Over the years, Paint Branch has exhibited many problems typically associated with urban streams. This is often due to increased urban runoff and loss of adjacent forest and wetlands (riparian habitat), among other reasons. Ultimately, the stream changes, resulting in fish blockages, lack of aquatic habitat, and poor water quality. The Paint Branch Fish Passage and Stream Restoration Project was a large stream restoration project in which the US Army Corps of Engineers partnered with Prince George's County Department of Environmental Resources, Maryland-National Capital Park and Planning Commission, and the University of Maryland to restore approximately one mile of Paint Branch. Note that this reach of Paint Branch was very important as it connects to other recently completed stream restoration projects, thereby creating a long reach of Paint Branch that has been restored.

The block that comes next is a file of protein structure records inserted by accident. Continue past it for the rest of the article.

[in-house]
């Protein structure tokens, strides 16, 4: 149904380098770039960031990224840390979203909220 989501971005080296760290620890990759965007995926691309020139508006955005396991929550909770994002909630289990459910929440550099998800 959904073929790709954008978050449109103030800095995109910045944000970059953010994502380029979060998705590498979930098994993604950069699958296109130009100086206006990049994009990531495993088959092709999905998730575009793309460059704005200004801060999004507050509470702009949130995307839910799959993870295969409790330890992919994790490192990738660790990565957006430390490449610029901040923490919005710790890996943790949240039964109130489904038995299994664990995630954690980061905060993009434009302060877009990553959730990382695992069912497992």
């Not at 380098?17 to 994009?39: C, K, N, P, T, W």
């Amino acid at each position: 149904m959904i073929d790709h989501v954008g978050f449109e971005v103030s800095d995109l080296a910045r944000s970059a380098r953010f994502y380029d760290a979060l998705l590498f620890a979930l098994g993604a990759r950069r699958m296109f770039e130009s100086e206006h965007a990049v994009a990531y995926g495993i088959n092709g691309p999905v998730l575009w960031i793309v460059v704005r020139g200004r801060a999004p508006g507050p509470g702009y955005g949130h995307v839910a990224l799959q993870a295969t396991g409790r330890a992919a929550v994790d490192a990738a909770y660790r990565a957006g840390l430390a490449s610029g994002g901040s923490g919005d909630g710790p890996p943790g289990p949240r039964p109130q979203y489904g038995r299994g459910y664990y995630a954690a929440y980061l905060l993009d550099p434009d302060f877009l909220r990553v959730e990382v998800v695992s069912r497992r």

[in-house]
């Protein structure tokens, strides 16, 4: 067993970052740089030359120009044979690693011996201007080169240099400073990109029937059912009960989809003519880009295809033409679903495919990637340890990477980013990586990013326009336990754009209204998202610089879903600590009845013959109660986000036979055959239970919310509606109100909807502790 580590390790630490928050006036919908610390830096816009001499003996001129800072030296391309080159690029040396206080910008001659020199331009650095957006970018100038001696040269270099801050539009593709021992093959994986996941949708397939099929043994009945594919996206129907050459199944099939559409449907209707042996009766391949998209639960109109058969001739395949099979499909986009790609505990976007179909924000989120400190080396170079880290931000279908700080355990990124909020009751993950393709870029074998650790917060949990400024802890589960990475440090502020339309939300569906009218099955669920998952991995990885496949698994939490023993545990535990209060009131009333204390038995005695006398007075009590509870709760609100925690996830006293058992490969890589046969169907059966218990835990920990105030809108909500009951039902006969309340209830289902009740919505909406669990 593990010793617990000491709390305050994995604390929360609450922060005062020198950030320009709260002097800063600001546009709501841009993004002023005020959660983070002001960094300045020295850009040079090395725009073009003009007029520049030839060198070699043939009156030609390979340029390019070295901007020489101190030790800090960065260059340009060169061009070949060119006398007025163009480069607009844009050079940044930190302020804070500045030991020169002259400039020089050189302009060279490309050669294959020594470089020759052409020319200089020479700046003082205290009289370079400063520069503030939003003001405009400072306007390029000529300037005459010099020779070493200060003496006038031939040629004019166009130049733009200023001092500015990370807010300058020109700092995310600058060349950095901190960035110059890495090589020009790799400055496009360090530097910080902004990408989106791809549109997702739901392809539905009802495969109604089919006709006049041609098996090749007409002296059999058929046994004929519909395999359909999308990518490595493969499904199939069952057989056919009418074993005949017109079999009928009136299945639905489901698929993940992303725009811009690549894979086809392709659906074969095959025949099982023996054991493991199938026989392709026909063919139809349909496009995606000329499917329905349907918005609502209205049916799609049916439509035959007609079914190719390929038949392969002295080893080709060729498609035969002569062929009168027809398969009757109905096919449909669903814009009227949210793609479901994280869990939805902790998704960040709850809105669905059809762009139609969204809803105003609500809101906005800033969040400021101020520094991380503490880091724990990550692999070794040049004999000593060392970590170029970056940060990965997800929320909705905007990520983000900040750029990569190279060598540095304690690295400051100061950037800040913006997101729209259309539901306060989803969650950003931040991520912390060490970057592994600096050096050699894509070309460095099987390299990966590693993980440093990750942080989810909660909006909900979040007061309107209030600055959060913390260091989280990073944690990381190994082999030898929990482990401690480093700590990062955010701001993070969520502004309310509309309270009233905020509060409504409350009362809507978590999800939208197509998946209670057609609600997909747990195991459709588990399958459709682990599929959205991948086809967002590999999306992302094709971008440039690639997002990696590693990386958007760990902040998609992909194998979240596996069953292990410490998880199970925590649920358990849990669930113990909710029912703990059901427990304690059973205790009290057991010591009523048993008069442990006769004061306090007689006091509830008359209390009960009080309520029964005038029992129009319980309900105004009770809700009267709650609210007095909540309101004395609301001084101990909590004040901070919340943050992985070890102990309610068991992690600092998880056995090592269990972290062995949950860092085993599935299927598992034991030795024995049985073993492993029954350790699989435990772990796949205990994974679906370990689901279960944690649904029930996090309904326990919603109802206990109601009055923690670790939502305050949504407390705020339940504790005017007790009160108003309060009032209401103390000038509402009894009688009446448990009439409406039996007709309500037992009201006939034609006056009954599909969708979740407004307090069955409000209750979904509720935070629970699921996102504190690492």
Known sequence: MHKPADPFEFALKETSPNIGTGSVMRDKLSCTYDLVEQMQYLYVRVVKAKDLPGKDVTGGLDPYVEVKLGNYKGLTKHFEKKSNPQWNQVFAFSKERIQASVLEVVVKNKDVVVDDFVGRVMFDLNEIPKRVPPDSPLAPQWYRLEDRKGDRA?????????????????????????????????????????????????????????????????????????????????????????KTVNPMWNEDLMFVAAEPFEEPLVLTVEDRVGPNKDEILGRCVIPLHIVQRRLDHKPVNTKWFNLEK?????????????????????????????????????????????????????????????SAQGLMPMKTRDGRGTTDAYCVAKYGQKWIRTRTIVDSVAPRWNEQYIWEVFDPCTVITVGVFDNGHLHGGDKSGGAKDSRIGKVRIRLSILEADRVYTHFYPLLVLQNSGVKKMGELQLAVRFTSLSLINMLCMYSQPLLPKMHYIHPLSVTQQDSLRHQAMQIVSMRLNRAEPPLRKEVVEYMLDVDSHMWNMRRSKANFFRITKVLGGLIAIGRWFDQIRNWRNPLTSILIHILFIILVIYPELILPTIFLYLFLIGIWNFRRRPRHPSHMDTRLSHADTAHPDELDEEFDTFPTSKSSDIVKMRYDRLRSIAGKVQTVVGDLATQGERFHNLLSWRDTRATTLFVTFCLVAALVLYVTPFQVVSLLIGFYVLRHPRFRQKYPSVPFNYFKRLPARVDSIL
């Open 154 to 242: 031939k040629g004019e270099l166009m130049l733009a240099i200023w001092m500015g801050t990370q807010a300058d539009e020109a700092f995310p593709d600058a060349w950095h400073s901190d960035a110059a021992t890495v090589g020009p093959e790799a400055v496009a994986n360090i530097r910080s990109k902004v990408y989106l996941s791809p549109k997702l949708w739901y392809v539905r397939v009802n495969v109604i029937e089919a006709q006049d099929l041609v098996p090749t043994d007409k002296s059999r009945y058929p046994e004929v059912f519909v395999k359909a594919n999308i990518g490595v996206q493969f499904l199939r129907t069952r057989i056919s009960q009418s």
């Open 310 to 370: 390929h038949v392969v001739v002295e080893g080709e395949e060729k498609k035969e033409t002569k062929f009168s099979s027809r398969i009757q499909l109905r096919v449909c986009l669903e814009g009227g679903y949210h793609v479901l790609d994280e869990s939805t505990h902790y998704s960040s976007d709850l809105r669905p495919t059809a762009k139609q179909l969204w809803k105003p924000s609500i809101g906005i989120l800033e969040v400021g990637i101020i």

The project area is located in the southern portion of the Anacostia River subwatershed and starts where Paint Branch goes under State Route 193 (University Boulevard/Greenbelt Road) to the north and ends where Paint Branch goes under U.S. Route 1 (Baltimore Avenue) to the south, including several hundred linear feet where the stream is within the northeastern district of the university. The goal of the project is to create a stable stream condition and provide habitat for resident and migratory aquatic resources. The project addresses known fish blockages in Paint Branch and provides additional spawning habitat for river herring. Most of the work within the university was completed from 2012 through 2014, with work continuing upstream towards U.S. Route 1 in 2014.